Was I wrongly cut out of sister’s estate when she died?
Q&A: Dominic Coyle
My partner’s brothers and sisters sold their dead sister’s house for €190,000. He got nothing.
When my partner’s parents died a good few years ago, they left the house to his sister who had been paralysed as a result of a car accident.
She never married and had no children. When she died several years ago, my partner’s brothers and sisters subsequently sold the house for €190,000. My partner has received less than €1,000 from this so far. He has enquired of a brother where the money from the house sale went and was told “we all got money out of it”.
When my partner said that he had not got any money out of it, the brother replied by asking if he was stuck for cash. How can this be looked into?
Ms M.McC., email
There are two possibilities here. The first is that your partner’s parents, wanting to take care of his disabled sister, gave her a life interest in the family home. This would mean that she would have the exclusive right to live there but that, when she died, it would pass on to others under the terms of the parent’s wills.
In this case, such an arrangement would be stated in the will of one or other parent, depending on who owned the property, but most probably the one that dies later.
The second possibility is that it would have been left to her in full in the will or wills of the parents.
In this second case, which appears to be what your partner believes happened, there are a further two options.
First, the disabled sister may have made her own will, leaving the property to one, some or all of her siblings. She could, of course, have chosen to leave it to anyone but, if that were the case, your partner’s brothers and sisters would not have been selling it after she died.
If she did this, it may be that she did not include your partner in any inheritance. The same is true if the parents’ named ultimate beneficiaries in a will granting her a life interest.
The other alternative is that this woman died intestate – i.e. without making a will at all. In that case, your partner is certainly entitled to a share of the estate unless she was living in the house under a life interest arrangement.
So what now?
You can find and get copies of the wills of both your partner’s sister and, if relevant, her parents from the Courts Service, once a grant of probate has been issued. You can find the details online at: courts.ie/probate-register-online.
This has an easy-to-use search facility that, with a first name, surname and year of death, allows you to check for when grants of probate were issued and from which office (which is important). It will also provide a Record Number, which you will need to access the actual will.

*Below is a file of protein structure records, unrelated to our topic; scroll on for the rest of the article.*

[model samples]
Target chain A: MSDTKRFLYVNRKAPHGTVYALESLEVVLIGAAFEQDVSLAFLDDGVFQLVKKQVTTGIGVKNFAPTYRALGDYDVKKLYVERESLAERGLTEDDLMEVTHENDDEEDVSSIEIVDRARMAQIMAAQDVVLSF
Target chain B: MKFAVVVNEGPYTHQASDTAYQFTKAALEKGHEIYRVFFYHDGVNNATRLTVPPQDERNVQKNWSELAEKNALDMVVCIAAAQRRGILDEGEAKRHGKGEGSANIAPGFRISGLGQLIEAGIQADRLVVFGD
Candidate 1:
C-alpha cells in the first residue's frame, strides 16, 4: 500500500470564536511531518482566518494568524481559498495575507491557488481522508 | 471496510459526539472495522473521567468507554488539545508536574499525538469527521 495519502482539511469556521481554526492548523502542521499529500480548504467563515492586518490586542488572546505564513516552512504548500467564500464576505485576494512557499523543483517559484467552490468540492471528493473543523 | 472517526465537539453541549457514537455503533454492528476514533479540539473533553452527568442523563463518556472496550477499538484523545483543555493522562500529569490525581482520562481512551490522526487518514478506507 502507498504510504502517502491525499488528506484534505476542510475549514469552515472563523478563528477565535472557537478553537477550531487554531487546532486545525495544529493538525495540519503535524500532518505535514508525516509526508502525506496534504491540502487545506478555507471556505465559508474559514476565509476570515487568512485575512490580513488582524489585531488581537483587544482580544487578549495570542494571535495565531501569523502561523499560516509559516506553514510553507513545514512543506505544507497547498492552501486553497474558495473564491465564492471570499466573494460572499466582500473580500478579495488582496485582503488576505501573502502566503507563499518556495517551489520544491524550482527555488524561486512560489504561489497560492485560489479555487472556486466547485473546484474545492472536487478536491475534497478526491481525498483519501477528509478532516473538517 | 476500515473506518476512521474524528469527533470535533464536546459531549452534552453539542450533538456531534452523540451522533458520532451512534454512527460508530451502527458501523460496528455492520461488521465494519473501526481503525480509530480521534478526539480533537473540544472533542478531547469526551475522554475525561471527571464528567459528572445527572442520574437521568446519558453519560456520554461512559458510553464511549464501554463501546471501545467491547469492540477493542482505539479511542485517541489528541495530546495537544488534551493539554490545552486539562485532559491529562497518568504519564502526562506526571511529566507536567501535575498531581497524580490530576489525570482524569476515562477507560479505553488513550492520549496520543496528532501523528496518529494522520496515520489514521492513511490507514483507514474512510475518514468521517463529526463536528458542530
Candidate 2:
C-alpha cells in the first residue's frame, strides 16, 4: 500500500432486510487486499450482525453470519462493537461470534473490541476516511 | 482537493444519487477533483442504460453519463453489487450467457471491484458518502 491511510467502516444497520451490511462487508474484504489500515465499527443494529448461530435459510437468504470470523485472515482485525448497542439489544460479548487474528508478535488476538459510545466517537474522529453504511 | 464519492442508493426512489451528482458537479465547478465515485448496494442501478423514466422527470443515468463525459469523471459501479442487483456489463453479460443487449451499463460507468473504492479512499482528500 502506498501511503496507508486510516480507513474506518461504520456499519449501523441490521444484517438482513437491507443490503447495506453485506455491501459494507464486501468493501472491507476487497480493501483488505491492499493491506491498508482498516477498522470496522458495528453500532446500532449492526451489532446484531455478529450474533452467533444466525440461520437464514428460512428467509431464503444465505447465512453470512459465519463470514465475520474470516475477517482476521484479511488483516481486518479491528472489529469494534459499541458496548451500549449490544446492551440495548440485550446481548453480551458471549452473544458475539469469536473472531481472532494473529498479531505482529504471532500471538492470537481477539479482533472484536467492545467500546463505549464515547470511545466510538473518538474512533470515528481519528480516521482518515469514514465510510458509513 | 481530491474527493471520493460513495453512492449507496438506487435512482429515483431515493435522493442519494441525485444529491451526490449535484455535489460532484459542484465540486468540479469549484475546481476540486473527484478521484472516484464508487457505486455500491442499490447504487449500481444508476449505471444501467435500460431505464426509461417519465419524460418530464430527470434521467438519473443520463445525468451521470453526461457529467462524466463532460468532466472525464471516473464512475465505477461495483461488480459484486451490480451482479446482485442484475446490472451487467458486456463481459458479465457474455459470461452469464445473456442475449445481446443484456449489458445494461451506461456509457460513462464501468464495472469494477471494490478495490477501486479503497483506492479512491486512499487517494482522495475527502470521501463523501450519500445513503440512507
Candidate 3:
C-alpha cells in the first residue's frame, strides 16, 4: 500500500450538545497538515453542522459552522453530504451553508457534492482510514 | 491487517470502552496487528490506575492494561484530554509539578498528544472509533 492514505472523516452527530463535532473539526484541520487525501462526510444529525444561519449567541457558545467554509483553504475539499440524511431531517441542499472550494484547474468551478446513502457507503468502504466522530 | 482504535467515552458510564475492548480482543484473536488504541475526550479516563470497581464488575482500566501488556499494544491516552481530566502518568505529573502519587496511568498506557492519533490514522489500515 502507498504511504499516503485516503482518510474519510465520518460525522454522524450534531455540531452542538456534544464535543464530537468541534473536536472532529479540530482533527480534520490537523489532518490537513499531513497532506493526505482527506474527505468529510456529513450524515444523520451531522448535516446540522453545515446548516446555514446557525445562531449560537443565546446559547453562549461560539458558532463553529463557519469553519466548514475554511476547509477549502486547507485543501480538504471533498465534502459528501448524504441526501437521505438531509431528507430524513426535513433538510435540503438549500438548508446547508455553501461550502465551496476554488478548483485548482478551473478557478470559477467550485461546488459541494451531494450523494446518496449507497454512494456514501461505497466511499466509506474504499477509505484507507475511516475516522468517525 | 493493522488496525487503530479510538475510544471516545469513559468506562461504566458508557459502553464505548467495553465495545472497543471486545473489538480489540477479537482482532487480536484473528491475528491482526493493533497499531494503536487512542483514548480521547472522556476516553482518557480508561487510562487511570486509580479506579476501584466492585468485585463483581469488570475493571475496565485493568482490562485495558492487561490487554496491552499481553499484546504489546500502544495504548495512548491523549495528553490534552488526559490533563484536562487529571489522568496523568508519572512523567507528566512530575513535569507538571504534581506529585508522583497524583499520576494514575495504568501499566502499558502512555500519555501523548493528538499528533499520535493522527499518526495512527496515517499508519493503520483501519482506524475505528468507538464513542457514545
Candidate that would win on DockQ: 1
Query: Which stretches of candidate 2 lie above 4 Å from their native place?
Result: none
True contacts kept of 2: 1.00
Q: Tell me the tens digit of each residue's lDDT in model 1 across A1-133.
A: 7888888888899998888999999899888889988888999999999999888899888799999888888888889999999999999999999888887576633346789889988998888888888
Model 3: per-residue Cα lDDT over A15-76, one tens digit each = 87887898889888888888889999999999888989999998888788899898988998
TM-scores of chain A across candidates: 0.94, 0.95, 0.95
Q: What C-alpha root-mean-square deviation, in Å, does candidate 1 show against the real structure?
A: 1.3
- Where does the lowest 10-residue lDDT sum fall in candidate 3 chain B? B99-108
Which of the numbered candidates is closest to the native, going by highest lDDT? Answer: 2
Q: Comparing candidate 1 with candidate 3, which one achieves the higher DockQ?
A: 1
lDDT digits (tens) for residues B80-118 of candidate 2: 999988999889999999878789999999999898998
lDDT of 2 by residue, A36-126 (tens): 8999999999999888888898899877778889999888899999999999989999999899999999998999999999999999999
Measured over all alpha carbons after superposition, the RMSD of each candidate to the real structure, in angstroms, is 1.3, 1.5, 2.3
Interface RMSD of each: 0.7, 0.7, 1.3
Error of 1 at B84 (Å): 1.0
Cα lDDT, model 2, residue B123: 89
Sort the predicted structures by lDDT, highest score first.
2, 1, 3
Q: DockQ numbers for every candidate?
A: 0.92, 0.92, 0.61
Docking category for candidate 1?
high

The web page also provides a downloadable form to fill out and send on to the probate office or the relevant district probate registry to get a copy of the will. You will need to include a fee of about €10 payable by cheque or postal order.
But that’s only of use if there is a will. The website will also tell you if the person died intestate and, from a quick check, it appears that this is the case with your partner’s sister.
When someone dies intestate, next of kin can apply for probate and, in this case, that would be her siblings. It appears two of your partner’s brothers made the application.
But the key thing with intestacy is that there is no discretion in how the estate is divided. And, in a case like this, where there is no spouse or children, the estate is divided equally among her brothers and sisters – including your partner.
Where one or more of the siblings are deceased, any children they may have would inherit the parent’s share equally.
How much of the €190,000 sale price is due to your partner depends on how many brothers and sisters this disabled sister had. There is also the issue of any other value in her estate.
All this presumes the sister was not living in the house under a life interest – in which case you have to go back to the parents’ wills.
Your partner needs to formally contact the two brothers who took out the grant of probate to seek his full share of the estate. If there is no satisfaction or clarity, as may unfortunately be the case, he needs to get a solicitor to work for him.
Please send your queries to Dominic Coyle, Q&A, The Irish Times, 24-28 Tara Street, Dublin 2, or email firstname.lastname@example.org. This column is a reader service and is not intended to replace professional advice. No personal correspondence will be entered into